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Norman Bray in the Performance of His Life

by Trevor Cole

The eponymous protagonist of Trevor Cole’s first novel is a theatre actor who never slips out of character. With others, he performs; when alone, he rehearses. He has a bewildering capacity to view his life from without and within at once, as both star performer and adoring spectator.

Norman hasn’t had a successful run in over a decade, and he’s just lost his one remaining gig as the voice of Timmy Taxi, the hero of a moderately popular children’s program. He faces foreclosure on the house he inherited from his common-law wife, who died in a car accident a few years earlier. Norman has little time for such trivialities as mortgage payments, but now he must emerge from his delusional bubble and make some real money or face destitution.

Cole deftly manipulates tone, diction, and point of view to create a brilliant study of Norman’s persecuted artist persona and the peculiarly endearing person who hides behind it. The narrative voice is agile and witty. In keeping with Norman’s carefully cultivated persona, words occasionally seem too perfectly chosen, the prose verging on overwrought.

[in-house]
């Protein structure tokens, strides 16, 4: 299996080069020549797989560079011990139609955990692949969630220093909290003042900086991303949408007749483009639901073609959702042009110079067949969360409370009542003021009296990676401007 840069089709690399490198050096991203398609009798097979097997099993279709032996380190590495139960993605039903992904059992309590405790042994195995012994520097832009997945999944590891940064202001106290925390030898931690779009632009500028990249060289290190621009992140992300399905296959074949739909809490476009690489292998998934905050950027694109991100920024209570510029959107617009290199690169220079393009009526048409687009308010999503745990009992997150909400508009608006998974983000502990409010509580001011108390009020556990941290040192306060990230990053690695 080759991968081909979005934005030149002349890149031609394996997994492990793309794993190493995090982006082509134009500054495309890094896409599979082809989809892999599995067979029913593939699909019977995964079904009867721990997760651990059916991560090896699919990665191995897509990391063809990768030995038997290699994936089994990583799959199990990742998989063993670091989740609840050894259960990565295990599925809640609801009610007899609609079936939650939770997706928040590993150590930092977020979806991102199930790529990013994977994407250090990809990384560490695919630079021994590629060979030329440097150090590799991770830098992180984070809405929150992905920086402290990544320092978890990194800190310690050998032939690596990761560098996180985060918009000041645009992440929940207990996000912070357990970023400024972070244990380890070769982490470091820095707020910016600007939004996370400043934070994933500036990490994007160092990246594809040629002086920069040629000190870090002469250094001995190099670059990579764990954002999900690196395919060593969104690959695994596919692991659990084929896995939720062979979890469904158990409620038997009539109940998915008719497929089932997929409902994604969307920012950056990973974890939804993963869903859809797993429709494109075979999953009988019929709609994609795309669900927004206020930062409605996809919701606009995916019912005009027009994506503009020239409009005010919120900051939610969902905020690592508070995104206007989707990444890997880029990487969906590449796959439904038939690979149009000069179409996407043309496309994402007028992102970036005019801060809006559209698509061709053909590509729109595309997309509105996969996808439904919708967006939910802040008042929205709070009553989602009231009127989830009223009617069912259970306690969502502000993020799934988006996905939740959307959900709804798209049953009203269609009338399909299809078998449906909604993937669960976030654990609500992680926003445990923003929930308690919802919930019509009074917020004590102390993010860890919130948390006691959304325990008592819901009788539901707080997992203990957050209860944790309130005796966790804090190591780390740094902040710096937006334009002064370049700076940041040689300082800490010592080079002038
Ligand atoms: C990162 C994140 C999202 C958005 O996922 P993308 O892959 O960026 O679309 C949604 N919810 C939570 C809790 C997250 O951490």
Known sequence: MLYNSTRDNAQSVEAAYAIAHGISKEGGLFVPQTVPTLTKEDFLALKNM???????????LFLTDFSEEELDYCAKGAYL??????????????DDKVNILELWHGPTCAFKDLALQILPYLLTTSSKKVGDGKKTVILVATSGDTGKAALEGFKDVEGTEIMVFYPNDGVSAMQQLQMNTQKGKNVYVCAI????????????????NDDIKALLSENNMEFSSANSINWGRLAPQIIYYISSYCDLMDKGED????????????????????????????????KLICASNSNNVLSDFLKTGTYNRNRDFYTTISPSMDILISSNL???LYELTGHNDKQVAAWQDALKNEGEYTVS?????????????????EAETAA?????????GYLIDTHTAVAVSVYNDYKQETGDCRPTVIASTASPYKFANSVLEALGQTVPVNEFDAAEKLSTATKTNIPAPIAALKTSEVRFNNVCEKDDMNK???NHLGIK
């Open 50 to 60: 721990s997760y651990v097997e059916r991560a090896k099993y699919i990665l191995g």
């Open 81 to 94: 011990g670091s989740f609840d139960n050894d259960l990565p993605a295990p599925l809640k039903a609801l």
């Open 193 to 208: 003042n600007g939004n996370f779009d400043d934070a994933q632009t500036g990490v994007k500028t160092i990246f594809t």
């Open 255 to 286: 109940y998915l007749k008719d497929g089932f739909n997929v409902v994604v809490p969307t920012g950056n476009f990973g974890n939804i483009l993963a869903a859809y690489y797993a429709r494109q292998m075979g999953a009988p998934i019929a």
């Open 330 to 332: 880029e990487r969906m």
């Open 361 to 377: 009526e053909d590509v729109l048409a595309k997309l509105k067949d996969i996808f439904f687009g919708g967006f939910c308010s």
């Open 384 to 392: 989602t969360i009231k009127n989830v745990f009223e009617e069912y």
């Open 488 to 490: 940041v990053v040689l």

Norman Bray is a picaresque in miniature. The novel is as much the study of a single character’s obstinacy as a novel can be while still retaining forward momentum. Every other element of the story – the other characters, the plot, the dreary Toronto setting – seems flat and underdeveloped next to the gaudy egotism of this infuriating man. But Cole accomplishes something extraordinary in revealing his central character without sacrificing the unrelenting self-absorption that makes Norman so unique. The novel’s narrow scope and uncomplicated structure take on interesting depth when filtered through its skewed and unforgettable protagonist.